A new view of wintertime air pollution
The team's unexpected finding suggests that in the US West and elsewhere, certain efforts to reduce harmful wintertime air pollution could backfire. Specifically, targeting nitrogen oxides emitted by cars and power plants could initially actually increase harmful air pollution, the researchers reported in their new paper, out today in the journal Geophysical Research Letters. (2019-05-09)

Infection biology: Gut microbe helps thwart Salmonella
LMU researchers have identified a bacterial species in the gut microbiome of the mouse which protects against infection by human-pathogenic Salmonella. (2019-04-18)

Urine salts provide evidence of Early Neolithic animal management
A close examination of midden soil layers at the early Neolithic site of A??kl? Höyük in Turkey reveals that they are highly enriched in sodium, chlorine, and nitrate salts commonly found in human and goat and sheep urine, offering a distinct signal for following the management of those animals through the history of the site. (2019-04-17)

Falling levels of air pollution drove decline in California's tule fog
The Central Valley's heavy wintertime tule fog -- known for snarling traffic and closing schools -- has been on the decline over the past 30 years, and falling levels of air pollution are the cause, says a new study by scientists at the University of California, Berkeley. The findings help explain the puzzling decades-long rise and fall in the number of 'fog days' affecting the region over the past century. (2019-04-10)

Rice cultivation: Balance of phosphorus and nitrogen determines growth and yield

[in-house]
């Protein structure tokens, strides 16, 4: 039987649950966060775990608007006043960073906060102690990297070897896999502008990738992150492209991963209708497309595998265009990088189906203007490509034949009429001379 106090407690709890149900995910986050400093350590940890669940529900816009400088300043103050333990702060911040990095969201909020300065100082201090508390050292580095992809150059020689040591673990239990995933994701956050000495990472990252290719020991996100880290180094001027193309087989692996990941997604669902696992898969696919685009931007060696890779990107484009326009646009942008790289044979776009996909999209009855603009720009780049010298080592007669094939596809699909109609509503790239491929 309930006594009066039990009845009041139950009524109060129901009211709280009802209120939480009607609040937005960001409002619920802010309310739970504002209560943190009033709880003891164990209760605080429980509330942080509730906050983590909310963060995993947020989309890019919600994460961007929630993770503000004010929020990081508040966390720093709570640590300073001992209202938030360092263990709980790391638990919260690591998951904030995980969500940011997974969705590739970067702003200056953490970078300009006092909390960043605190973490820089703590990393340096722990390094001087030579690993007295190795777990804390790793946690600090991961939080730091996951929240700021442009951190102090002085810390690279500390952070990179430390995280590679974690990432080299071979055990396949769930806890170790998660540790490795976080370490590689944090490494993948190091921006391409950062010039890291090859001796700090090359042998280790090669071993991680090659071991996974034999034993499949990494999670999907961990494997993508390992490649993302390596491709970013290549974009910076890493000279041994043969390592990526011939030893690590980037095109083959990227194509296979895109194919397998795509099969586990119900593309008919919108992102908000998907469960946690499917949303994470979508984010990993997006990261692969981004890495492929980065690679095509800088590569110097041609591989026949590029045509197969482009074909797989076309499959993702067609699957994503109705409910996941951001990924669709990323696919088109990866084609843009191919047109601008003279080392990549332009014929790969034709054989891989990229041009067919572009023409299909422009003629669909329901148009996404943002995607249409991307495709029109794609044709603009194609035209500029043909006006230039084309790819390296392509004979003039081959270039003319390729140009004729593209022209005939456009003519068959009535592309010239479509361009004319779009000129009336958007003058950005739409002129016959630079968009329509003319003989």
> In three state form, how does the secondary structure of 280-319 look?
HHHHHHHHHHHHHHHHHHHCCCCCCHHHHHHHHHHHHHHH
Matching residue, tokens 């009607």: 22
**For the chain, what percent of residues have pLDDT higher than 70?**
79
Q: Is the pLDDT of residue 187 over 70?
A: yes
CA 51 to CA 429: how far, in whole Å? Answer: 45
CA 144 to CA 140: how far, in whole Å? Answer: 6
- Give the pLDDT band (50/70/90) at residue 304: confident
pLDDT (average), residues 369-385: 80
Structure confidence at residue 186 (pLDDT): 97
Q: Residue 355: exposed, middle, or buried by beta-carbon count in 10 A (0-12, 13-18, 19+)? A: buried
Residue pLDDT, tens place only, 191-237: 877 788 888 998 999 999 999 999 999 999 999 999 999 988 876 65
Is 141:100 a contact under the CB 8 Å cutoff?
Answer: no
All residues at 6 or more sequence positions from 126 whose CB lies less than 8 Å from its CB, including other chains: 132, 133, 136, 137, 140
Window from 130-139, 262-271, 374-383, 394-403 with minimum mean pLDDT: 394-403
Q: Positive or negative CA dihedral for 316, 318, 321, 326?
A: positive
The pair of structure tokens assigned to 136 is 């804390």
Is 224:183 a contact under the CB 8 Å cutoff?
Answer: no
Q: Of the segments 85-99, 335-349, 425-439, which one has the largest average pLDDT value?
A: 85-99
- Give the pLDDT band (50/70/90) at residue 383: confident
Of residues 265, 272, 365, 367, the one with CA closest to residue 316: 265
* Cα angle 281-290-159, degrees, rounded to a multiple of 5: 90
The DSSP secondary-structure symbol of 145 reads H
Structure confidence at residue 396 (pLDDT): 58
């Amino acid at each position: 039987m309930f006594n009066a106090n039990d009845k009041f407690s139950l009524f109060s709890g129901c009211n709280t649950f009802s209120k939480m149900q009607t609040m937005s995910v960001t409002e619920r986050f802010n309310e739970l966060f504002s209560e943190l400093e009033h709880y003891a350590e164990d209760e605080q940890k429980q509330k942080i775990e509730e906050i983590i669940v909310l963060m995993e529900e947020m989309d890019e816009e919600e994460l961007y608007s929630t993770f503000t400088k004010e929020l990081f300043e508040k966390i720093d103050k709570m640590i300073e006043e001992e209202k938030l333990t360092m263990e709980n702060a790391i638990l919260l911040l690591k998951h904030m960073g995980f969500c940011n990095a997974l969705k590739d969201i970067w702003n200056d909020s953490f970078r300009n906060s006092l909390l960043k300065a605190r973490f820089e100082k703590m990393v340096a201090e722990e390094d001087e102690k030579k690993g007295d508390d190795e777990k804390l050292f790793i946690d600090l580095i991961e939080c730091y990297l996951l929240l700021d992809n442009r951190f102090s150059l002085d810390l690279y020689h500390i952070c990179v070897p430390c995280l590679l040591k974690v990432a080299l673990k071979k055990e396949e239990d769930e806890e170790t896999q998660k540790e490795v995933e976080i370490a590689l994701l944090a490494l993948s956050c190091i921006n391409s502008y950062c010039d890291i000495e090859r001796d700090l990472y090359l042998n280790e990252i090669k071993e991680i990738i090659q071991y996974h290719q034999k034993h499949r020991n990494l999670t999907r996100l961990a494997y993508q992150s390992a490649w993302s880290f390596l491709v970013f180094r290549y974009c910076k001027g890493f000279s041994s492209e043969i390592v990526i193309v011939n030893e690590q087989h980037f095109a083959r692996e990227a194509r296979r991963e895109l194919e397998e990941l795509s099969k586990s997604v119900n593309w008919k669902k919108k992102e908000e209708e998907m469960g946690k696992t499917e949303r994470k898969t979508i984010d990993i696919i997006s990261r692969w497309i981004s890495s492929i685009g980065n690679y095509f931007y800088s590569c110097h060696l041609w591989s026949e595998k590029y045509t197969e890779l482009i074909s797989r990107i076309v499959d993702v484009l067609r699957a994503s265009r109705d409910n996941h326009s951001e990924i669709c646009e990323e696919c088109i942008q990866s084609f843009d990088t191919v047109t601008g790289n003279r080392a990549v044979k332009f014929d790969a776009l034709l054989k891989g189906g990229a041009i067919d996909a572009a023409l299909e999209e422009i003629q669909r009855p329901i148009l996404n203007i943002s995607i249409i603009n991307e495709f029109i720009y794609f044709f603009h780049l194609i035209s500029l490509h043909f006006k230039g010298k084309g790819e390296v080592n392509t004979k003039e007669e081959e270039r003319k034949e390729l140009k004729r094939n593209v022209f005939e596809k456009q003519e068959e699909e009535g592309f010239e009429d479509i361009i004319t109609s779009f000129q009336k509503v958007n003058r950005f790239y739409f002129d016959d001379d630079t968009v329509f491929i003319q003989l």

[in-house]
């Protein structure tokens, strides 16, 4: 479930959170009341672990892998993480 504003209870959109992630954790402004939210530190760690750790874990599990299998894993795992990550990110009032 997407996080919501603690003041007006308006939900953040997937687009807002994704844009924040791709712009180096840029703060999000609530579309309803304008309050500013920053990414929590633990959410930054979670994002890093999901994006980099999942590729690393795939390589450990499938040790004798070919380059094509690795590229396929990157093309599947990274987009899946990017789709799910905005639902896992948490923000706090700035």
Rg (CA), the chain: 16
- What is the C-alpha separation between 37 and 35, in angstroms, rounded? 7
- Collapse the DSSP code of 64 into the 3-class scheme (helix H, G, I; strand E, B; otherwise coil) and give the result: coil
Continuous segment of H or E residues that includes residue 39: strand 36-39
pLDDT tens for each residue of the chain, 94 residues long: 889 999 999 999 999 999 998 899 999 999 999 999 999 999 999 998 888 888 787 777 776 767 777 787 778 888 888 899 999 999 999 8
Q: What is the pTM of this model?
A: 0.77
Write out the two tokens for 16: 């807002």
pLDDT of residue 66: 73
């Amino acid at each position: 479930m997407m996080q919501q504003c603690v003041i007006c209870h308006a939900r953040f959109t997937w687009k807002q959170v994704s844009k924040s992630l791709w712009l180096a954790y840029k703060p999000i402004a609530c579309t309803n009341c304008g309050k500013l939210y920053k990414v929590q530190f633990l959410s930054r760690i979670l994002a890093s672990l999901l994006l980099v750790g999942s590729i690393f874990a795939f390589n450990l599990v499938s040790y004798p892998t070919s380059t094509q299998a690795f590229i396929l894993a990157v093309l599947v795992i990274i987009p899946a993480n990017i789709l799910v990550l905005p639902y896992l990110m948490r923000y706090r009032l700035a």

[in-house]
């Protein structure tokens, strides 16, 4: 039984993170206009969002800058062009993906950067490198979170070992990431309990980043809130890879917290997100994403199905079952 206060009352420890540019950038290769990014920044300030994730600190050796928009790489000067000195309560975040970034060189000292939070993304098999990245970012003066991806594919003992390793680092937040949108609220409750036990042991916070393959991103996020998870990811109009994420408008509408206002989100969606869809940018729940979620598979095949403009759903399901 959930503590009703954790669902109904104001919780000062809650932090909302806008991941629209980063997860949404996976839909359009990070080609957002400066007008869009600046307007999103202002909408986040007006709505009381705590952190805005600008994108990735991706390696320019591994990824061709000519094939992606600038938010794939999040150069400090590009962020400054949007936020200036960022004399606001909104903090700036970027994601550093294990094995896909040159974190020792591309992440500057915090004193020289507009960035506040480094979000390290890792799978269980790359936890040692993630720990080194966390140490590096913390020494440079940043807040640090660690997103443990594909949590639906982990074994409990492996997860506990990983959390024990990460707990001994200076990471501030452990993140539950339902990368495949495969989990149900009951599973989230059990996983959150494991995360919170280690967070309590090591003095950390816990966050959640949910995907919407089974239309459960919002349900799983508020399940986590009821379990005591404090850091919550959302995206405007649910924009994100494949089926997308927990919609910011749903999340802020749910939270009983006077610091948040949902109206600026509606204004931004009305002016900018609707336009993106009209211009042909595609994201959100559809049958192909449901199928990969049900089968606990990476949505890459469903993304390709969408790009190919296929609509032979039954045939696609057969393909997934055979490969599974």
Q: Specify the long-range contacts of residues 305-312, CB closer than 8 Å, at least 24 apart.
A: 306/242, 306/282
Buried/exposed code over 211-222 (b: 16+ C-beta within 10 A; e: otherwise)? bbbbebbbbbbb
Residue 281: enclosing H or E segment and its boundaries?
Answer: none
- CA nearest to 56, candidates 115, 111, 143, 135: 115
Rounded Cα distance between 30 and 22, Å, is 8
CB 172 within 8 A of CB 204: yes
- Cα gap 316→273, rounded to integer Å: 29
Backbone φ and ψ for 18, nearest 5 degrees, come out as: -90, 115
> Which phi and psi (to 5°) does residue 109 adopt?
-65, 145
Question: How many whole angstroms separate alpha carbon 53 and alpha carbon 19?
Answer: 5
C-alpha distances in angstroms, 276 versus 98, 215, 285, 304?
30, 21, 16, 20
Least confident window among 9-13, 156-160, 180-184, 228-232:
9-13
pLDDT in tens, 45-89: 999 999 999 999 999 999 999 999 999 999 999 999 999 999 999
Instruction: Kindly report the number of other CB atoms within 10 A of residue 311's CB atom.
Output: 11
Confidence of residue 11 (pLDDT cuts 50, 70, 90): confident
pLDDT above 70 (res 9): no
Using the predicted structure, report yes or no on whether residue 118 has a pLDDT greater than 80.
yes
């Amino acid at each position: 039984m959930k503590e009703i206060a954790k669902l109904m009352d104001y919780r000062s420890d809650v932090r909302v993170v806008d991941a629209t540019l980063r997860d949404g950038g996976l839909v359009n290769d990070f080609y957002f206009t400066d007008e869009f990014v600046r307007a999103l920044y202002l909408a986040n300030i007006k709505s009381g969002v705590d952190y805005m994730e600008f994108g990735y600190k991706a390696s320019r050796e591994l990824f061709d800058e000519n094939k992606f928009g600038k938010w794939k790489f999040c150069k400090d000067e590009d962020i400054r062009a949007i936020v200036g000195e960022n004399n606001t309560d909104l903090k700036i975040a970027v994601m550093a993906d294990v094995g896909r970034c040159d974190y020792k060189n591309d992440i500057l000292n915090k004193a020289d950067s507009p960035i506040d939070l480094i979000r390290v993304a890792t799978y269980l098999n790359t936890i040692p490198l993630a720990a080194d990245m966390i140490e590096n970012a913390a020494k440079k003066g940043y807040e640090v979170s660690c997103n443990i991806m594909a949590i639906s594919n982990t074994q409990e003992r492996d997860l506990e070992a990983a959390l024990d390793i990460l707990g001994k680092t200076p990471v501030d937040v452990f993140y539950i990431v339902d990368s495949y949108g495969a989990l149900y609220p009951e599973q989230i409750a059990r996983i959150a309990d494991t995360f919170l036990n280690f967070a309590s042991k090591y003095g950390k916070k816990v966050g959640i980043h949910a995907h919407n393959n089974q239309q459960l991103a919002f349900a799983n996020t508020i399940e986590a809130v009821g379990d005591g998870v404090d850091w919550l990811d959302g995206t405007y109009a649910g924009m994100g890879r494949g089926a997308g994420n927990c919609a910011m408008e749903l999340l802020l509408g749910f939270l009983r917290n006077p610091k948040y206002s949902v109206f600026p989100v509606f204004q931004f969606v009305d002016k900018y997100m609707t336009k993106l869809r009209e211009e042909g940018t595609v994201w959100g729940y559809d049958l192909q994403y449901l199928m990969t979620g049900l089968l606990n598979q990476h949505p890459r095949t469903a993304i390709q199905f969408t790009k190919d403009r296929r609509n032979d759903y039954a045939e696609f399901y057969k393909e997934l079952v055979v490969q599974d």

Cluster of Excellence on Plant Sciences CEPLAS at the University of Cologne cooperates with partners from Beijing to develop new basic knowledge on nutrient signalling pathways in rice plants. This knowledge can contribute to greater food security. (2019-03-26)

Nitrogen pollution's path to streams weaves through more forests (and faster) than suspected
A USDA Forest Service scientist and 29 co-authors completed one of the largest and longest examinations to trace unprocessed nitrate movement in forests. The team found that some nitrate occasionally moves too fast for biological uptake, resulting in 'unprocessed' nitrate bypassing the otherwise effective filter of forest biology. (2019-03-15)

Zero-emission diesel combustion using a non-equilibrium-plasma-assisted MnO2 filter
A Japan-based research team led by Kanazawa University have used ozone from an atmospheric-pressure non-equilibrium plasma together with the desulfurization catalyst MnO2 to almost completely eliminate NOx and SOx from diesel exhaust gas at a low temperature of 473 K. This research shows that ozone can be used to remove not only SOx but also NOx from fossil fuel combustion exhaust streams. (2019-03-07)